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Thanksgiving Math & Pattern Activities For Elementary School Students

written by: Kathy Foust • edited by: Noreen Gunnell • updated: 8/22/2013

Thanksgiving is the perfect time of year to teach children how to apply math skills to the real world. Children are excited about the holiday and it gives them a chance to put their new knowledge to work. These activities engage children imaginatively while helping them use essential math skills.

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    Math Used in Cooking

    Thanksgiving lesson plans and activities for elementary math teachers Some of the best Thanksgiving math activities have to do with cooking. Creating a Thanksgiving meal involves important math skills such as grouping, measuring, patterns and arithmetic. Not only do these math activities help your child to brush up on their math skills, but they also make them feel important as they help prepare the Thanksgiving meal. Use the tips below to help your child practice their math skills.

    • Have students help you decide how big a Turkey you should buy based on how many people are attending dinner. Assume each person will need 1 lb. of turkey.
    • Bring an assortment of measuring cups into school. Have students do some measuring with you to get a better understanding of how fractions work.
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    Thanksgiving Dinner

    Have students plan a pretend Thanksgiving dinner using the instructions below. This is a great way for students to practice their arithmetic skills!

    • Have each student write down the items they would have at a Thanksgiving dinner. Some of the included items may be turkey, ham, corn, mashed potatoes, sweet potatoes, rolls, pie, cake and gravy.
    • Now have students make a list of the people they would invite to their Thanksgiving dinner.
    • Ask students to assume that everyone will eat one pound of Turkey, 8 oz. of ham, 2 rolls, 1 slice of pie or cake and 2 oz. of everything else. Ask students to add up the amount of people they are having to dinner.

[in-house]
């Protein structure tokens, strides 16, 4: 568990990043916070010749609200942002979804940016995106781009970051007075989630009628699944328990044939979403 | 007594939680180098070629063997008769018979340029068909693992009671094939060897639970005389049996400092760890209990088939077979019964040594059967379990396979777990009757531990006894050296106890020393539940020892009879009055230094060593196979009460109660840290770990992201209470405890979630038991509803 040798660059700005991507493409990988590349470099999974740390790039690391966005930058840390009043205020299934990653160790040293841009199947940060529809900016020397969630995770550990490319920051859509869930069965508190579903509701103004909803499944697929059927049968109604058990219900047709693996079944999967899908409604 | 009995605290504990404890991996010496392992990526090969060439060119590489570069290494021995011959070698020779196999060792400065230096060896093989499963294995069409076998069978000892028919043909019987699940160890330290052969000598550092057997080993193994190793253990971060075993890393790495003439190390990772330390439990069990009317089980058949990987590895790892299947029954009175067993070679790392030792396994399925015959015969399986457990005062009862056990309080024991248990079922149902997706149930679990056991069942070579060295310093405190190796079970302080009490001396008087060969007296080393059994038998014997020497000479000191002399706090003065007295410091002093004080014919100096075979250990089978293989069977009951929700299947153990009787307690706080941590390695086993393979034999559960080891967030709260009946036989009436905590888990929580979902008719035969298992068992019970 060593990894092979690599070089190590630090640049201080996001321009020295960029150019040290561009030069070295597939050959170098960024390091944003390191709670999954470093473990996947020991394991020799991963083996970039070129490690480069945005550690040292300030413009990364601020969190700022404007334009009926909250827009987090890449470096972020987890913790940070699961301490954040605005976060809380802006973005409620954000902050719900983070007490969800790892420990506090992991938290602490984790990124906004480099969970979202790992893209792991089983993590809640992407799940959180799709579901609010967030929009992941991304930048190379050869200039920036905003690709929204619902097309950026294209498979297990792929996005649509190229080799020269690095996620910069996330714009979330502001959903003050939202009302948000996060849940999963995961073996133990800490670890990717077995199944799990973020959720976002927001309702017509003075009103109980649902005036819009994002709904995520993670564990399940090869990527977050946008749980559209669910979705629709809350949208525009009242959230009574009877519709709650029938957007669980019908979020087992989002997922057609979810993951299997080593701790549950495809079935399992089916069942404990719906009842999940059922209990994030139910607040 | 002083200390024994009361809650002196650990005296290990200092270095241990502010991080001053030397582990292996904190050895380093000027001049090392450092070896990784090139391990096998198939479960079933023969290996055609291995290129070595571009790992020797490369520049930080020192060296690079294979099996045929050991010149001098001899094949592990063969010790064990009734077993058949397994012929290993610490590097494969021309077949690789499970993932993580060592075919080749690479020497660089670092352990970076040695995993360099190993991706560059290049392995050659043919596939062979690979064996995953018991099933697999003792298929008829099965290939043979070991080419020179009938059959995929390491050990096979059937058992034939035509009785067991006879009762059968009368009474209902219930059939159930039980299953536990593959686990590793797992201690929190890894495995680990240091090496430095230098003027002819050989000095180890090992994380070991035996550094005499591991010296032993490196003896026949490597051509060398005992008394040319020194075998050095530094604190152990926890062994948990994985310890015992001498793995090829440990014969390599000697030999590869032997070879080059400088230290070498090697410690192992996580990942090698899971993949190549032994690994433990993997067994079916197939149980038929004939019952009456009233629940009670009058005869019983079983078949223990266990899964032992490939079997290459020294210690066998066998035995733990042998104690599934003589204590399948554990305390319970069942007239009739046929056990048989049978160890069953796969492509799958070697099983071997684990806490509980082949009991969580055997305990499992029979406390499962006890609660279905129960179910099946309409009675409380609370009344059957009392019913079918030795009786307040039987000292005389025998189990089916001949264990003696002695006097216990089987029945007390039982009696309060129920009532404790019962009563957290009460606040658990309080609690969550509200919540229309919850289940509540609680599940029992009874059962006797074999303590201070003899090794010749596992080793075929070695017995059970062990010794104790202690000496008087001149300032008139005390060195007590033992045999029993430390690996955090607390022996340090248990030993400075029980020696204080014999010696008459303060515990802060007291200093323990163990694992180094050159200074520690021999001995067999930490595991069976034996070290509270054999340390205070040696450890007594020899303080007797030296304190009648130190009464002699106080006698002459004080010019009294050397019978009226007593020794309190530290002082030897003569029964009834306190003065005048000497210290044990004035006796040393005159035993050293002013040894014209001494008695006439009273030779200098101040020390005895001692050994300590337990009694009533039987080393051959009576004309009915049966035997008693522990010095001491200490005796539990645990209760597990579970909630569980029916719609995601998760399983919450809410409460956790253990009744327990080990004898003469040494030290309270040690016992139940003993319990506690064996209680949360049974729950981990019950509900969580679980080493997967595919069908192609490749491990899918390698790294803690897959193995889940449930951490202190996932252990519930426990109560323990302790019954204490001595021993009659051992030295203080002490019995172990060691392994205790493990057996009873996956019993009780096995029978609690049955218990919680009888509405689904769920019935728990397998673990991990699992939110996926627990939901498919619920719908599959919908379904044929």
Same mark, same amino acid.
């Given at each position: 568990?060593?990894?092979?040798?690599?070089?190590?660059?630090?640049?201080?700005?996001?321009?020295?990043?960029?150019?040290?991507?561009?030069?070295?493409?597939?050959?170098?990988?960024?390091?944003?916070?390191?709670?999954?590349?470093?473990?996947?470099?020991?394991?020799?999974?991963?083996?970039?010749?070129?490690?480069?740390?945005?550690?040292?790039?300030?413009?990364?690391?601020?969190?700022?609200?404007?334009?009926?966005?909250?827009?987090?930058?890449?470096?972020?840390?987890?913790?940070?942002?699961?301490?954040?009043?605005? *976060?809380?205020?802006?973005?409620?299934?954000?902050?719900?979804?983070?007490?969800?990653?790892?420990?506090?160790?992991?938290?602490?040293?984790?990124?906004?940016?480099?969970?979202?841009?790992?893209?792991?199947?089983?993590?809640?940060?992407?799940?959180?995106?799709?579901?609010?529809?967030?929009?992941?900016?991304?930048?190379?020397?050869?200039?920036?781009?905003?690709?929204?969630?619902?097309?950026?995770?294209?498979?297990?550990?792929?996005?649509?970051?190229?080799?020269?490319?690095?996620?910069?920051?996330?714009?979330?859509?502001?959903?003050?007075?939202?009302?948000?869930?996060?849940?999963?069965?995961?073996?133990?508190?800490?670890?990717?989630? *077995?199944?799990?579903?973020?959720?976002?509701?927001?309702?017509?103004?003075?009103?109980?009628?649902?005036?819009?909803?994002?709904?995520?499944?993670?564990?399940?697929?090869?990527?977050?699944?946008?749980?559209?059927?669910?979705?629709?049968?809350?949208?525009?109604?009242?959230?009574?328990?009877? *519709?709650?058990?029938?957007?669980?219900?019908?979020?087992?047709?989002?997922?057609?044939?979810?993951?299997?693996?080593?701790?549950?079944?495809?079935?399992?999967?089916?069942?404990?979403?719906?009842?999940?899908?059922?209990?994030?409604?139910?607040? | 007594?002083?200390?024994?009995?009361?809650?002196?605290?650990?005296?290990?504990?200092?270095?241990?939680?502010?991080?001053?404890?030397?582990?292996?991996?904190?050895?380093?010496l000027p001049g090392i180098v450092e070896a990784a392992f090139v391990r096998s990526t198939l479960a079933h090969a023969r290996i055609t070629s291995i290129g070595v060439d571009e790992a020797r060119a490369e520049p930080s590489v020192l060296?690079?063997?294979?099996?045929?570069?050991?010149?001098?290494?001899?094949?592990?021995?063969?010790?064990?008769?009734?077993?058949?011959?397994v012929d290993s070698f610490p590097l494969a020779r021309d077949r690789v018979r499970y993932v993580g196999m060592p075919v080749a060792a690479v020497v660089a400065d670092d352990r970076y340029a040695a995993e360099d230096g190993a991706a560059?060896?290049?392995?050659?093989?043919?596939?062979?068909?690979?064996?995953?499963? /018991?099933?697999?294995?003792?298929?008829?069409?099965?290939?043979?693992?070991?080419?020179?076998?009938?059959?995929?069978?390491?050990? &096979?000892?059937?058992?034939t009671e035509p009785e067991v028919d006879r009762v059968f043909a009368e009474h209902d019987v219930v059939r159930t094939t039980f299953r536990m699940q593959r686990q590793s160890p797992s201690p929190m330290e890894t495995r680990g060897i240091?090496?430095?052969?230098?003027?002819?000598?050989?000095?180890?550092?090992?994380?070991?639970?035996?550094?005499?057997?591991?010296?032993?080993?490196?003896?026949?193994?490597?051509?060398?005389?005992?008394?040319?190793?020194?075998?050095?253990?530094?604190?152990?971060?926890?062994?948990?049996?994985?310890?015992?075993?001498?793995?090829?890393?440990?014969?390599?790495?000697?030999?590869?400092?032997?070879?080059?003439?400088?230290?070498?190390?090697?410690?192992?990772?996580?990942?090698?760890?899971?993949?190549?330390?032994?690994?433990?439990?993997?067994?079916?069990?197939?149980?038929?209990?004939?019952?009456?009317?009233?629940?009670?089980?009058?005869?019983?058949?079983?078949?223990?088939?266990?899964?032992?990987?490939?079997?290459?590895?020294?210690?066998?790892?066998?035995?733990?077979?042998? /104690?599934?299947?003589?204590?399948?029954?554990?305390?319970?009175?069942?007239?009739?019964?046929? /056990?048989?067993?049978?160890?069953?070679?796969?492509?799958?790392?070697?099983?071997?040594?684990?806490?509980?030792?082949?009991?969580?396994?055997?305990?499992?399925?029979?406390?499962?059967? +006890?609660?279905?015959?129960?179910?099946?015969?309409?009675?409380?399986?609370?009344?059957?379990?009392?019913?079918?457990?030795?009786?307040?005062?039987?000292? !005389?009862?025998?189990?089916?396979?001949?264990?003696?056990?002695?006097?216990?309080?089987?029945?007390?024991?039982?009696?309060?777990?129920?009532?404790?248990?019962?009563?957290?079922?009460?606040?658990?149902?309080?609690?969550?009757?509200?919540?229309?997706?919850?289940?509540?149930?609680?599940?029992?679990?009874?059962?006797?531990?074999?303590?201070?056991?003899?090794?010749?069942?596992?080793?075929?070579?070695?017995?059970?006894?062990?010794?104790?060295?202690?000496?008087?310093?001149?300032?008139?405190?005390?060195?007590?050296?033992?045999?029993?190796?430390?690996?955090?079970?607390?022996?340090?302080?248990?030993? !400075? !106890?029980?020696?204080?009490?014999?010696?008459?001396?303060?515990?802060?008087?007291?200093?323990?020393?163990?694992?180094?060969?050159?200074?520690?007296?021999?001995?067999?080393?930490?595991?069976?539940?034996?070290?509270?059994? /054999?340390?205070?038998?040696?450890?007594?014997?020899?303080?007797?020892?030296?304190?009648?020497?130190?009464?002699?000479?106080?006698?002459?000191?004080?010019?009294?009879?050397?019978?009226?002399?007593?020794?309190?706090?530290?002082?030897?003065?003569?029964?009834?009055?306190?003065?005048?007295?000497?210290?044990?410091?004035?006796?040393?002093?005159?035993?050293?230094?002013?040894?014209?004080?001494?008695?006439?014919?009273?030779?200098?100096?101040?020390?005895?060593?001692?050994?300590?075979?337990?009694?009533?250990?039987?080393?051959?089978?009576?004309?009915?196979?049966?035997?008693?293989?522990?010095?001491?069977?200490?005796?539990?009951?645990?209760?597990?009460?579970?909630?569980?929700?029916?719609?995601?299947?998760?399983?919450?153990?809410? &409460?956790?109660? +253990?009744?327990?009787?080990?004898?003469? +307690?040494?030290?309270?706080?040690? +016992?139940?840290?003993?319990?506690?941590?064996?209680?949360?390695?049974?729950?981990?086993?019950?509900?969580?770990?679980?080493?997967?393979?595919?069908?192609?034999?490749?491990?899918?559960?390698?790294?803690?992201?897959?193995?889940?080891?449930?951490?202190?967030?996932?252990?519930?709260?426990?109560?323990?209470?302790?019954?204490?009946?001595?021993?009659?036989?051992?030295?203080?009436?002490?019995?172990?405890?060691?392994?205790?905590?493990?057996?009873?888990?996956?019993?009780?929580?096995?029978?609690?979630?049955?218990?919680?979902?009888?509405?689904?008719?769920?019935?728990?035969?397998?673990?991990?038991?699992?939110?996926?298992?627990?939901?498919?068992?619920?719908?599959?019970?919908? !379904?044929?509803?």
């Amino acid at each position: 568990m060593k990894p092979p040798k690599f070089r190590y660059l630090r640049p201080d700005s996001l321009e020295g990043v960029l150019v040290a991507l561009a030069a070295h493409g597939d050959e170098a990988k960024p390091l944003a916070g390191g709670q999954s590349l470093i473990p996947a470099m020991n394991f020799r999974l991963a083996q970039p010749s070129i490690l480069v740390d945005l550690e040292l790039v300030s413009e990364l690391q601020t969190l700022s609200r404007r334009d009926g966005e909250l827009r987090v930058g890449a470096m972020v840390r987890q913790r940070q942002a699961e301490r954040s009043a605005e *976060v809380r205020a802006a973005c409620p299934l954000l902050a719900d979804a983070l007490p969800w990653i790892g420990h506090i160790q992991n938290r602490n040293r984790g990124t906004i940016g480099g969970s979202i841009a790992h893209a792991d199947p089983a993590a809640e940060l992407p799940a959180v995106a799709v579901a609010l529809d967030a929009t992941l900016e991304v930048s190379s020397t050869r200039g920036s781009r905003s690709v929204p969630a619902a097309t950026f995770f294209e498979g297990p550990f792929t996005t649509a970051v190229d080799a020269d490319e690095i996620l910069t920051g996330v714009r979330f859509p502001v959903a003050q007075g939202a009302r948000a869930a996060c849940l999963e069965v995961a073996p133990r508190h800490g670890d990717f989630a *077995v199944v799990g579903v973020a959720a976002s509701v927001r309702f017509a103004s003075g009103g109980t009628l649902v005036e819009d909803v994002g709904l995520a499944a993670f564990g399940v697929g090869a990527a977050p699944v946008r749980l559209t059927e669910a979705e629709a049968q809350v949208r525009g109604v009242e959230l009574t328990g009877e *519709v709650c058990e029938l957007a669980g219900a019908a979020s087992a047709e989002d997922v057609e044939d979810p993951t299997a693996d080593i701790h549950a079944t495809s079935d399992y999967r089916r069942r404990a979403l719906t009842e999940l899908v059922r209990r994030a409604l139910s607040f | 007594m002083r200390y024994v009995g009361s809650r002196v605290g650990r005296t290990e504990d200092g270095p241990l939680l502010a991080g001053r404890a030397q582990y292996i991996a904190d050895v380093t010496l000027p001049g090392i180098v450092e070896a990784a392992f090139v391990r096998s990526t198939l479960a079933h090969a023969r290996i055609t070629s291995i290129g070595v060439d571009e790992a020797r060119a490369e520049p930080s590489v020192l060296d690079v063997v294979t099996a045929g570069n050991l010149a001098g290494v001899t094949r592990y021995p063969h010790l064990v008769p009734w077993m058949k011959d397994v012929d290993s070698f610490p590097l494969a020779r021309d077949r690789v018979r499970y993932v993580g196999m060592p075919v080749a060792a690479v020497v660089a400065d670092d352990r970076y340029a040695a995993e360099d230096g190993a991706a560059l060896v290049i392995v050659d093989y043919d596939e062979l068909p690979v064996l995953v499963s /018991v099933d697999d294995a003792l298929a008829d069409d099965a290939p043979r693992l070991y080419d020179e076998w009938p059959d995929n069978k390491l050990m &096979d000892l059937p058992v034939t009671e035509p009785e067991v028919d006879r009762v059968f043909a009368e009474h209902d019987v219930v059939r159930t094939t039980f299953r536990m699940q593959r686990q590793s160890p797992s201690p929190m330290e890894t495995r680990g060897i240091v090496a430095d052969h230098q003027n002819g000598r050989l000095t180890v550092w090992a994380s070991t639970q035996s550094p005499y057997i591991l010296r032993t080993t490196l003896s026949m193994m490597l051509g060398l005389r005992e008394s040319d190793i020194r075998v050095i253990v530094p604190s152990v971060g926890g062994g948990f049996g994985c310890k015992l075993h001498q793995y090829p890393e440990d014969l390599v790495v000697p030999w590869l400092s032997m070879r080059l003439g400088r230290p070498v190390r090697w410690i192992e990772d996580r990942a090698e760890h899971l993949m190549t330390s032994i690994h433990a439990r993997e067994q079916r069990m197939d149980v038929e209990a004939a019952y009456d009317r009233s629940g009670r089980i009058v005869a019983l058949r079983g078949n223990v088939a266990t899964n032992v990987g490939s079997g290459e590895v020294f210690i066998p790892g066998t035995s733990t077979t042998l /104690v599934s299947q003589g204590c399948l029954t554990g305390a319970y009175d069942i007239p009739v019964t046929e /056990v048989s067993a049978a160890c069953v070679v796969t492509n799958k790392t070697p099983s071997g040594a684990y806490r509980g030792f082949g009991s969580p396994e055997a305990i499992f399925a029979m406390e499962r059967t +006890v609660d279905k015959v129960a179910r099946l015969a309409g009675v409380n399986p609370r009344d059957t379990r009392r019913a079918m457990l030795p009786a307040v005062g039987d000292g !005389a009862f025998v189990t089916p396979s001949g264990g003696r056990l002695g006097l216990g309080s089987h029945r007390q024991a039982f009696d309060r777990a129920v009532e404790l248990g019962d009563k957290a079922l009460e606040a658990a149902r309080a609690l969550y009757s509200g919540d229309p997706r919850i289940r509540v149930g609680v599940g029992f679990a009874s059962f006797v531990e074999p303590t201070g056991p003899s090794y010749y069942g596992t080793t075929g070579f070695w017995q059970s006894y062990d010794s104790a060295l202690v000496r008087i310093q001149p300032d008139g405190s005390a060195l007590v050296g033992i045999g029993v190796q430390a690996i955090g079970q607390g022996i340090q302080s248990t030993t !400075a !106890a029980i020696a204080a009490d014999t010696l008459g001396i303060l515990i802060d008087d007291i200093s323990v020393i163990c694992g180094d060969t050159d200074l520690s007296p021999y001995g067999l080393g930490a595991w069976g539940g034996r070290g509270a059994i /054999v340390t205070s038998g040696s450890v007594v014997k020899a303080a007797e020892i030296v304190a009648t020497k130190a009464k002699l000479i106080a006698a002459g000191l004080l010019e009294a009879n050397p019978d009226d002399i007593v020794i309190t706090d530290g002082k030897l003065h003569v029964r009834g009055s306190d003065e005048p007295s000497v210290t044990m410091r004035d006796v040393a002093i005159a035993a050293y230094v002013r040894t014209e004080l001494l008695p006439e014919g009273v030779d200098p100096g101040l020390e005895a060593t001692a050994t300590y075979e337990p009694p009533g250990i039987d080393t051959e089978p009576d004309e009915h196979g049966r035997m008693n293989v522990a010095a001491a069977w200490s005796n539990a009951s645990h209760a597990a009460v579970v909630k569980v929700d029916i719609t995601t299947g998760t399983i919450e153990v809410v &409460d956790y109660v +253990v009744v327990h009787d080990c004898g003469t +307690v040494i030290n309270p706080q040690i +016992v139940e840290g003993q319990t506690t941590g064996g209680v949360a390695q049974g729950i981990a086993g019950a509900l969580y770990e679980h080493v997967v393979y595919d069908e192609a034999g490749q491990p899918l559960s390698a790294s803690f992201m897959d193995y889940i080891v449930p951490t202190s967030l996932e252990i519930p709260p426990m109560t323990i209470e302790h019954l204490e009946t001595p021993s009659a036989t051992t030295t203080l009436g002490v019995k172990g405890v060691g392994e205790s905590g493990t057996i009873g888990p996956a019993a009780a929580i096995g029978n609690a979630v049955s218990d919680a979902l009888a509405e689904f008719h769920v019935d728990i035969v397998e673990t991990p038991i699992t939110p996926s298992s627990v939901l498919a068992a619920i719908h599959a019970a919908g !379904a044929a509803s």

• Now ask students to try to plan how much of each item they need to make to feed everyone at the dinner.
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    Fun With Patterns

    Napkin Rings

    Have students make ring napkin holders to set at the Thanksgiving dinner. They can be made out of construction paper and glue. Simply cut strips of construction paper so that they are all the same size (about 5 inches), then glue the ends together so that they form a circle around a napkin. Ask children to make three different styles and set them around the table in a pattern. This helps them to practice their pattern skills as well as their measuring skills.

    Place Mats

    Practice grouping or pattern skills by helping your child to make Thanksgiving place mats. You will need clear contact paper, a measuring tape and scissors. Help your child to go out into the yard to collect leaves. Measure and cut the contact paper so that you have two pieces for every seat at the table and all the pieces are the same size. To practice grouping, have the children take the paper off of the back of the sheets of contact paper and arrange leaves of similar patterns on the contact paper. Then, take the paper off the back of another sheet of contact paper and lay it on top of the first one so that both sticky sides are facing each other.

    To practice making patterns, use the same method described above, but ask students to use different types of leaves to make a pattern on the contact paper. This can be in the form of arranging leaves in a specific design or not, but the leaves should alternate in a pattern.

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    You're a Turkey!

    Use the turkey feather reward system to help students keep track of their progress on their math work. Follow the instructions below to create your turkey reward system. You will need 2 paper plates per student, about 12" of brown yarn per student, brown marker or paint, a variety of colors of construction paper, glue and markers.

    • Give each student two paper plates with holes punched around the edges.
    • Have students use yarn to "sew" the paper plates together.
    • Allow students to paint or color the paper plates as the "body of the turkey.
    • Ask students to cut a triangle 4" tall to use as the neck of the turkey, then another triangle about 1/2" tall to serve as the beak.
    • After gluing the triangles onto the body, use a marker to color eyes on the turkey.
    • Have students help you use the calendar to figure how many weeks there are until Thanksgiving.
    • Have students cut the same amount of "feathers" out of construction paper as there are weeks until Thanksgiving. As they cut the feathers, make sure they fold the bottom part of the "feather" so that it can be stuck in between the paper plates using the gaps made by sewing the plates together.
    • For every week that the students complete their math homework on time, they get to add a feather to their turkey. Use these turkeys to decorate the room for Thanksgiving.

    These math activities are a great way for students to get some "real life" experience with their math. This is also a great way to get them more involved with the holidays. What are your favorite Thanksgiving-themed lessons?